De Kooning’s Deception

Photographing the painter at work was a tricky proposition.

Dan Budnik shot a good number of great portraits in his career—of Martin Luther King, Jr., Dwight Eisenhower, Sophia Loren, and many of his New York School artist friends. But one of his most challenging assignments was capturing Willem de Kooning. Not because the artist, whom Budnik often saw socially, wouldn’t sit for a photograph. De Kooning was happy enough to pose—just not while he was painting.

Dan Budnik photographed de Kooning in his new studio in the Springs, Long Island, in 1964.
©Dan Budnik/Woodfin Camp

“He’d say, ‘I’m not an actor. I don’t want to be fake,’” Budnik recently told ARTnews from his home in Tucson.

The photographer and the painter had already known each other for several years when Budnik spent two weeks with de Kooning in the spring of 1962. The occasion for the visit was a project for a book to benefit the nascent Kennedy Center in Washington, D.C., and Budnik was prepared to acknowledge the artist’s ground rules. But then de Kooning announced that he was going to work. So Budnik did too. “I got these wonderful first-time images of de Kooning painting,” Budnik says.

About two years later, Budnik tried to track down the image de Kooning was creating in the photographs. He asked de Kooning about it, and, as Budnik recalls, “He said, ‘I painted over that. I was just doing that for you. You’re such a nice guy, I didn’t want to disappoint you.’

“I said to Bill, ‘You said you weren’t an actor. You’re a damn good actor.’”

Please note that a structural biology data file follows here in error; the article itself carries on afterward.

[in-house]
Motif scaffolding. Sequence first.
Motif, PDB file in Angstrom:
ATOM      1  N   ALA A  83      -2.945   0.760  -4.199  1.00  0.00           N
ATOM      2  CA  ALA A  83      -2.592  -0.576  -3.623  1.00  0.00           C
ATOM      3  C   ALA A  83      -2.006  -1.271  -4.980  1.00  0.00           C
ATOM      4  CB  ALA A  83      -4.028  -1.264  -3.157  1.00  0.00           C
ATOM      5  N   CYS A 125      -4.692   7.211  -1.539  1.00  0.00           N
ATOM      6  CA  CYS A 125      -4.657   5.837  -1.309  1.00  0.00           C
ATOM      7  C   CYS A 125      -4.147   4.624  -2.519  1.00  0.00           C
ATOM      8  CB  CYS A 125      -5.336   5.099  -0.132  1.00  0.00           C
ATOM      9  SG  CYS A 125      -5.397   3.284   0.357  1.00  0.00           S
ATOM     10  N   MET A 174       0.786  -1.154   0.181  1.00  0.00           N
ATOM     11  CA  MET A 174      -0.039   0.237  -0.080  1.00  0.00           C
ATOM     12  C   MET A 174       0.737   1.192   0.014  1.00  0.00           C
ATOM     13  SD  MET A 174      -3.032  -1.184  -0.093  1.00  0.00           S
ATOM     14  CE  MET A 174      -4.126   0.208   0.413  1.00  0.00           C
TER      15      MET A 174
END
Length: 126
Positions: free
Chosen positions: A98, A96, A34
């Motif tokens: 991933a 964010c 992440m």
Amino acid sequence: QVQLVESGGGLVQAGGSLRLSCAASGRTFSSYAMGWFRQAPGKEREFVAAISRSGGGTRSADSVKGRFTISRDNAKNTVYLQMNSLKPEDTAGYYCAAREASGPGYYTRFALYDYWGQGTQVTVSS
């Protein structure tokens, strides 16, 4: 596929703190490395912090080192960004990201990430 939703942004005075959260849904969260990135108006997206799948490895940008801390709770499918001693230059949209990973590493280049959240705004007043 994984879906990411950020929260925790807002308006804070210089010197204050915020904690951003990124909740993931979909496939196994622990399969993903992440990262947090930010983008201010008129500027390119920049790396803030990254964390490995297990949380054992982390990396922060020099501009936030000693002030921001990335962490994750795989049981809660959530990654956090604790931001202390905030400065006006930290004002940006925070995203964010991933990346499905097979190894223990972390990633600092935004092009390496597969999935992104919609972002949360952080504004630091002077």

By then de Kooning had gotten over his misgivings about being photographed while painting. In early 1964 he had just moved into his new East Hampton studio in the Springs, and Budnik was again on hand, on assignment for the Saturday Evening Post, to document his progress. At the time de Kooning was mainly painting individual female figures, picking up where he left off with his “Women” of the 1950s.

It would be another three years before he would show the work—and in November 1967, when ARTnews previewed his exhibition that month at Knoedler Gallery, it ran one of the pictures from Budnik’s 1964 shoot. In an article titled “The Light of de Kooning,” Louis Finkelstein, head of the art department at Queens College, describes the new paintings as a psychological manifestation of “inward states” rather than “outward relations.” These pictures, he suggests, do not “cause an observer to say as… in the case of the first ‘Women,’ ‘I wonder what Bill’s got against the girls.’”

Finkelstein sees in de Kooning’s color “what I can only call moral quality, a suggestion of the seductiveness of the flesh together with the corruption of the flesh. One finds the same expression in Bosch and in Ensor—sweetness, delicacy and delight, tinged with bitterness and cruelty.”

And in this show, he writes, “color has taken over as the dominant vehicle of expression.” Indeed, he adds, “the paintings are as seductive and juicy as the past year’s psychedelically amplified fashions or a head shop full of posters.”

Well, it was 1967.

Robin Cembalest is executive editor of


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